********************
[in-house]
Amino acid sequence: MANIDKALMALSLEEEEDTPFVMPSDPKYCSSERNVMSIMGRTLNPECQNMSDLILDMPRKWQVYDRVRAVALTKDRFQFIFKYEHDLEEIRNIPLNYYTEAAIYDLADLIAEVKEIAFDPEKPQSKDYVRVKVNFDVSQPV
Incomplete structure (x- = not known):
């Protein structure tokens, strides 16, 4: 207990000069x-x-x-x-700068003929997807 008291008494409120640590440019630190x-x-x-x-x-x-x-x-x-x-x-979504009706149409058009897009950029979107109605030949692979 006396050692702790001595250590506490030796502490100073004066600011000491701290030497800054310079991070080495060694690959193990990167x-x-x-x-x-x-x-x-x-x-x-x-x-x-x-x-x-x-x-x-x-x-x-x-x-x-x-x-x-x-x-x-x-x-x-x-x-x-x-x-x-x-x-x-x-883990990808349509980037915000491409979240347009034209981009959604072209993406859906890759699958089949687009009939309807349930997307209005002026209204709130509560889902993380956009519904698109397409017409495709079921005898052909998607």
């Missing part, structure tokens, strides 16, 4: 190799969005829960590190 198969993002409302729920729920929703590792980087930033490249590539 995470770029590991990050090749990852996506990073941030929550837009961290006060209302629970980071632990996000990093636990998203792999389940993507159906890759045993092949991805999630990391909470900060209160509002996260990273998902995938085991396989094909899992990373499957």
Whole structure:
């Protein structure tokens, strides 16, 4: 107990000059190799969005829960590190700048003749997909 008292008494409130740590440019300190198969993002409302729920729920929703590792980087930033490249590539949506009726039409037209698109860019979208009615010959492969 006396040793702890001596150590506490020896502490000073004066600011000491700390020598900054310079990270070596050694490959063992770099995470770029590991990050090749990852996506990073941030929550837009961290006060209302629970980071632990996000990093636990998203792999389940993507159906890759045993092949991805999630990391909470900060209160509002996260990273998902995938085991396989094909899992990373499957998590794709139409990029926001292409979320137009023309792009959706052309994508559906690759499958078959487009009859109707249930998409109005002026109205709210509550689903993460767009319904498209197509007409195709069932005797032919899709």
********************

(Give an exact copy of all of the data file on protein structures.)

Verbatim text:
[in-house]
Amino acid sequence: MANIDKALMALSLEEEEDTPFVMPSDPKYCSSERNVMSIMGRTLNPECQNMSDLILDMPRKWQVYDRVRAVALTKDRFQFIFKYEHDLEEIRNIPLNYYTEAAIYDLADLIAEVKEIAFDPEKPQSKDYVRVKVNFDVSQPV
Incomplete structure (x- = not known):
């Protein structure tokens, strides 16, 4: 207990000069x-x-x-x-700068003929997807 008291008494409120640590440019630190x-x-x-x-x-x-x-x-x-x-x-979504009706149409058009897009950029979107109605030949692979 006396050692702790001595250590506490030796502490100073004066600011000491701290030497800054310079991070080495060694690959193990990167x-x-x-x-x-x-x-x-x-x-x-x-x-x-x-x-x-x-x-x-x-x-x-x-x-x-x-x-x-x-x-x-x-x-x-x-x-x-x-x-x-x-x-x-x-883990990808349509980037915000491409979240347009034209981009959604072209993406859906890759699958089949687009009939309807349930997307209005002026209204709130509560889902993380956009519904698109397409017409495709079921005898052909998607």
């Missing part, structure tokens, strides 16, 4: 190799969005829960590190 198969993002409302729920729920929703590792980087930033490249590539 995470770029590991990050090749990852996506990073941030929550837009961290006060209302629970980071632990996000990093636990998203792999389940993507159906890759045993092949991805999630990391909470900060209160509002996260990273998902995938085991396989094909899992990373499957």
Whole structure:
């Protein structure tokens, strides 16, 4: 107990000059190799969005829960590190700048003749997909 008292008494409130740590440019300190198969993002409302729920729920929703590792980087930033490249590539949506009726039409037209698109860019979208009615010959492969 006396040793702890001596150590506490020896502490000073004066600011000491700390020598900054310079990270070596050694490959063992770099995470770029590991990050090749990852996506990073941030929550837009961290006060209302629970980071632990996000990093636990998203792999389940993507159906890759045993092949991805999630990391909470900060209160509002996260990273998902995938085991396989094909899992990373499957998590794709139409990029926001292409979320137009023309792009959706052309994508559906690759499958078959487009009859109707249930998409109005002026109205709210509550689903993460767009319904498209197509007409195709069932005797032919899709």